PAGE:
Patients who previously had Covid-19 appeared to have a lower risk of contracting Covid-19 from the delta variant than those who received Pfizer-BioNTech's Covid-19 vaccine alone, according to a preprint study from Israel published in medRxiv. However, the authors and other health experts caution the study comes with some significant limitations.
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For the retrospective, observational study, researchers analyzed data from Maccabi Healthcare Services' database in Israel. The study population consisted of three groups: individuals fully vaccinated with Pfizer-BioNTech in January or February; unvaccinated people, who had previously been infected with Covid-19 in January or February; and previously infected people who had also been at least partially vaccinated, including some who received just one dose of the vaccine at least seven days before the study period.
Overall, the study population included almost 674,000 fully vaccinated people who had not been previously infected. Meanwhile, among those who had previously had Covid-19, around 63,000 were unvaccinated and 42,000 had received one dose of a Covid-19 vaccine.
The participants were monitored for symptoms, infections, and hospitalizations from June to August, around the time the delta variant surged in Israel.
After adjusting for age, sex, socioeconomic status, and comorbidities, the researchers found that those who were fully vaccinated with the Pfizer-BioNTech Covid-19 vaccine had a 13.06-fold increased risk of developing Covid-19 from the delta variant than those who had previously had Covid-19.
In addition, the researchers found that people in the study fully vaccinated with the Pfizer-BioNTech vaccine were also at a 27-fold increased risk of developing symptomatic Covid-19 compared to those who previously had Covid-19 developing symptomatic reinfection, the study found.
However, the researchers said the evidence suggested that natural immunity appeared to wane over time. Specifically, according to the researchers, when compared to those who were infected prior to February 2021, those who were fully vaccinated had a 5.96-fold increased risk of developing a breakthrough infection and 7.13-fold increased risk for symptomatic disease.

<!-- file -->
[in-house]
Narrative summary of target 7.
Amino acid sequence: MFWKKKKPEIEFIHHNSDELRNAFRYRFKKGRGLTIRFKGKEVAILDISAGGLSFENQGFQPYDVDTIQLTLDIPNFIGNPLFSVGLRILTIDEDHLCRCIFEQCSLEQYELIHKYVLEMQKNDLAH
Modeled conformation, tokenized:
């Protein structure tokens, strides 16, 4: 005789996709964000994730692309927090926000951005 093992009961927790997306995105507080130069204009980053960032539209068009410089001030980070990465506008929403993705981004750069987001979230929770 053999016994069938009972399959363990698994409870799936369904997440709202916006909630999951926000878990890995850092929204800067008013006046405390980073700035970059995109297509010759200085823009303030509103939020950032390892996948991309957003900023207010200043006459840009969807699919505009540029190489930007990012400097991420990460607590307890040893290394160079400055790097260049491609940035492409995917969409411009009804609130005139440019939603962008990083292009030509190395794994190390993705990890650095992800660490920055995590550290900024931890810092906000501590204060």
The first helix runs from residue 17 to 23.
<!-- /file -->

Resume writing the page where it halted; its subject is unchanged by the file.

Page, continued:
The study also found that those who previously had Covid-19 saw more protection against reinfection from a single dose of Pfizer's Covid-19 vaccine compared to those who had had a prior infection and remained unvaccinated.
The researchers also noted that there were no Covid-related deaths in the study.
However, the researchers cautioned about extrapolating their results. They said since the delta variant was the most common cause of infection among participants in the study, the study results cannot be translated to other variants of the virus. They also said the findings may have underestimated asymptomatic cases, and that the findings can only be limited to the Pfizer-BioNTech vaccine.
In addition, while the study's researchers say this is the largest real-world comparison of Covid-19 immunity derived from natural infection versus vaccination, Charlotte Thålin, a physician and immunology researcher at Danderyd Hospital and the Karolinska Institute, cautioned that many of the numbers used in the study were still "small."
For example, she pointed out that the higher rate of hospitalization found within an analysis of 32,000 study participants was based on just eight hospitalizations within the vaccinated group and one hospitalization among the previously infected group. Similarly, the researchers calculated the 13-fold increased risk of infection based on just 238 infections among about 16,000 vaccinated people—accounting for less than 1.5% of that group—versus 19 reinfections among roughly 16,000 study participants who had been previously infected.
In addition, Robert Schooley, from the University of California, San Diego, reiterated the authors' caution that the findings should be interpreted carefully because they likely underestimate the number of people with asymptomatic Covid-19.
In the study, Covid-19 infection was detected via a PCR test, and those with asymptomatic Covid-19 are typically less likely to get tested. Therefore, the study results could have been skewed toward patients with symptomatic Covid-19, Schooley said.
"The more symptomatic your infection is, the more likely you are to mount a brisk immune response," he said.
Moreover, experts pointed out that no one in the study passed away, which they said clearly demonstrates that the vaccine offers strong protection against serious infection.
Experts also cautioned that the study shouldn't encourage people to intentionally get Covid-19.
While the study shows the benefits of natural immunity, it "doesn't take into account what this virus does to the body to get to that point," Marion Pepper, an immunologist at the University of Washington, Seattle, said.
"Unvaccinated people who get infected are where we see the deaths occurring," Schooley said. "Putting yourself at risk of dying to have 'natural' immunity is not a great tradeoff."
Alessandro Sette, from the La Jolla Institute for Immunology, added that the study findings "should not be interpreted as saying, 'if you have already been infected, don't get vaccinated.'"
"People who have been infected still get a benefit—for themselves and for society—by getting vaccinated, and one shot of a vaccine is sufficient to achieve that," Sette said. (D'Ambrosio, MedPage Today, 8/28; Wadman, Science Magazine, 8/26)
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